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Author's profile photo Elisha Das

Using RFC adapter in the SAP integration suite

Overview: 
This blog post intends to show how to use an RFC adapter in an integration flow (iflow as we would be referring to in this blog) for fetching data from the SAP ERP system.

We have various adapters provided by SAP which can be leveraged based on a particular requirement. In this blog, I am focusing on the RFC adapter and will provide you with a brief understanding of how you can use it.

Targeted Audience: 
Beginner level in integration suite. Basic ABAP knowledge would be a plus.
Even if you don’t have either, I believe this can give you a fair idea of where to start!!

Objective:
I have used a very simple example to fetch purchase order details created on a particular date from the SAP ERP system using iflow in SAP BTP.

Solution:
The complete development process can be divided into 3 parts for better understanding-

      a) Development in SAP ERP

      b) Destination configuration

      c) Developments in integration suite within  SAP BTP environment.

Assumptions:

  • An Account in SAP BTP with all the required roles assigned.
  • Have a valid Subscription to the SAP integration suite in BTP.
  • Have a cloud connector between the integration suite and SAP ERP.
  • I am using Postman here to post my request so that we can also see the response. In real-life scenarios, this can be triggered from any third-party system or directly in an iflow using a scheduler.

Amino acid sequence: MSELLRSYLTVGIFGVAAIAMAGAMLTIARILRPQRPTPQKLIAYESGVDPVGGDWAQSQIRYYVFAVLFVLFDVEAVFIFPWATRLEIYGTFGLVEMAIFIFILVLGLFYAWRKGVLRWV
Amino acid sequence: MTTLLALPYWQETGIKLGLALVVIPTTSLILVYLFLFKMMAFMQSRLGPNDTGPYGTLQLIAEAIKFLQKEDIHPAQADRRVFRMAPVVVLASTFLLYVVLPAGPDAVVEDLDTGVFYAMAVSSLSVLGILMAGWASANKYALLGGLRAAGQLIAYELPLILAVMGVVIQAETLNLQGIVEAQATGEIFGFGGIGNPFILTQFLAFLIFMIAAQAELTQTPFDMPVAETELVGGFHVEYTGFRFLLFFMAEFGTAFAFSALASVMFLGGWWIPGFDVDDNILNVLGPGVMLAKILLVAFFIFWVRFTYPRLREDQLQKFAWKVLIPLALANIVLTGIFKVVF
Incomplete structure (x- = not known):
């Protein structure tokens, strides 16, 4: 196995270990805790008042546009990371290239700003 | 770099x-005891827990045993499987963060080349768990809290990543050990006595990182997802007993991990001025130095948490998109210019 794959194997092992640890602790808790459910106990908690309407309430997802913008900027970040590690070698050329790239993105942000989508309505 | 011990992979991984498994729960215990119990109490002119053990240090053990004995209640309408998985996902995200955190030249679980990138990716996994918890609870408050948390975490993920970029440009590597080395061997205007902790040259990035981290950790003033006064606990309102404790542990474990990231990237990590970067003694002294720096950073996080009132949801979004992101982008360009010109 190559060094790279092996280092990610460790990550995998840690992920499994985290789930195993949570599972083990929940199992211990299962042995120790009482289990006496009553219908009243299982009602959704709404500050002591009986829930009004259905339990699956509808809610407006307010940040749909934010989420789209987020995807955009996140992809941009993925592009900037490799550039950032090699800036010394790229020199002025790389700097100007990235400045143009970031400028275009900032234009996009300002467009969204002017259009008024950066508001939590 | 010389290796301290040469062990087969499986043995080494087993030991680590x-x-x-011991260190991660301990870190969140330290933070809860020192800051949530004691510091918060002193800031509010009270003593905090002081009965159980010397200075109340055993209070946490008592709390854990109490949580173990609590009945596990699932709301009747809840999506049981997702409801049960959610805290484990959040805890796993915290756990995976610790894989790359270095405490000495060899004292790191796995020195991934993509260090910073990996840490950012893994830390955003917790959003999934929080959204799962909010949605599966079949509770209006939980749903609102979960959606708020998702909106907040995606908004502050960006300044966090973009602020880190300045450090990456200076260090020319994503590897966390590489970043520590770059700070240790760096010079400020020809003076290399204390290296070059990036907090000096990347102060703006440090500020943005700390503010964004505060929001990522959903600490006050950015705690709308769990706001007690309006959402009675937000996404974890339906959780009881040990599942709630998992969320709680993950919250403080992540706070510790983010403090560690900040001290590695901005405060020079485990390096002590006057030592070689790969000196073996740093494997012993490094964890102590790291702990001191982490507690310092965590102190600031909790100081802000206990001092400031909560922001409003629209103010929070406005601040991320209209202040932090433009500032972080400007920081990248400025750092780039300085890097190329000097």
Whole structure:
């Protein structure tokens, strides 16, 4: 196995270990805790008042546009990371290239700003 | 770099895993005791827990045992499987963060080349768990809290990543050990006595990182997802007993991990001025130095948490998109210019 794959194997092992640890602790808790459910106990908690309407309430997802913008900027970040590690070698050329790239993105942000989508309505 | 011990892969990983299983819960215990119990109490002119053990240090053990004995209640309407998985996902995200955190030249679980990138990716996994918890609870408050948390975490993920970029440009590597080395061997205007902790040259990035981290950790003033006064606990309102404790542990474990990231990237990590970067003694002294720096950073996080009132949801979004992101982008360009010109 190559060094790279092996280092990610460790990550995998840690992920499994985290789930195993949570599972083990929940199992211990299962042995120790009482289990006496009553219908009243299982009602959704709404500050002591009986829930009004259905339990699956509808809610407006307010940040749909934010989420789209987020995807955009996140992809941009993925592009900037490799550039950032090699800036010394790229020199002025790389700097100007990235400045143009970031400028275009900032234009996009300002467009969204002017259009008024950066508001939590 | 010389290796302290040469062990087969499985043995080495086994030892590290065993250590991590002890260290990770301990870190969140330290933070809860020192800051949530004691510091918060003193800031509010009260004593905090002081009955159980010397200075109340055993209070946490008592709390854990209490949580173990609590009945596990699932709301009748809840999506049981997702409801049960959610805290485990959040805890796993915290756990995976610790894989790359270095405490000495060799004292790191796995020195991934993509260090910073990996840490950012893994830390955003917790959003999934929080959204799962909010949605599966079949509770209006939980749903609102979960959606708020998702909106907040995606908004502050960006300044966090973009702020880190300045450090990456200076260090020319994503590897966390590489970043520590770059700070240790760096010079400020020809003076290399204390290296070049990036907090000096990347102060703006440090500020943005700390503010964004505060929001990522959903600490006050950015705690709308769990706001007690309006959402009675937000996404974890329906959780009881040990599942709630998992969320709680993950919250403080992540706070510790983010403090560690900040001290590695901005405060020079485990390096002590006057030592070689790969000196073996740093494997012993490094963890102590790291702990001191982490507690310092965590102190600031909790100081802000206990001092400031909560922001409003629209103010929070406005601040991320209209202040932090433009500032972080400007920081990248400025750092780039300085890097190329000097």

a) Development in SAP ERP

  1.  Create a function module that is remote enabled.

       

     2. Add import and export parameters as shown below.
Since we are capturing PO details created on a particular date. “Created on” is our importing parameter.

       

 

We are fetching purchase order details such as the PO number, and company code created by a supplier. This structure would be our exporting parameter.

           

    3.   Now click on the source code tab. Add logic to fetch the required details as shown below.

 

4. Save and activate it.

5. Next step is to generate a web service and get a WSDL of the same.
Follow the path as shown below.

     6. Give an appropriate name for the web service.
We will select the below profile for ease of testing.

     7. Once done click on activate.
This will direct you to a screen as below. Click on the WSDL tab and download the generated WSDL to your local system. We will use it in our iflow.

        We are done with our ERP changes! Let us move to the second part.

b)  Destination configuration

As mentioned in the assumption section, we have a cloud connector in between our SAP ERP and BTP.

So, we will have to create a destination in the SAP BTP cockpit and create a subaccount in the cloud connector for the connection. We will cover the cloud connector setup here and the BTP cockpit changes in the next part.

  Cloud connector Changes

  1. Select the subaccount that will be used for communication. Click on cloud to on premise and follow the instructions as shown below screenshots.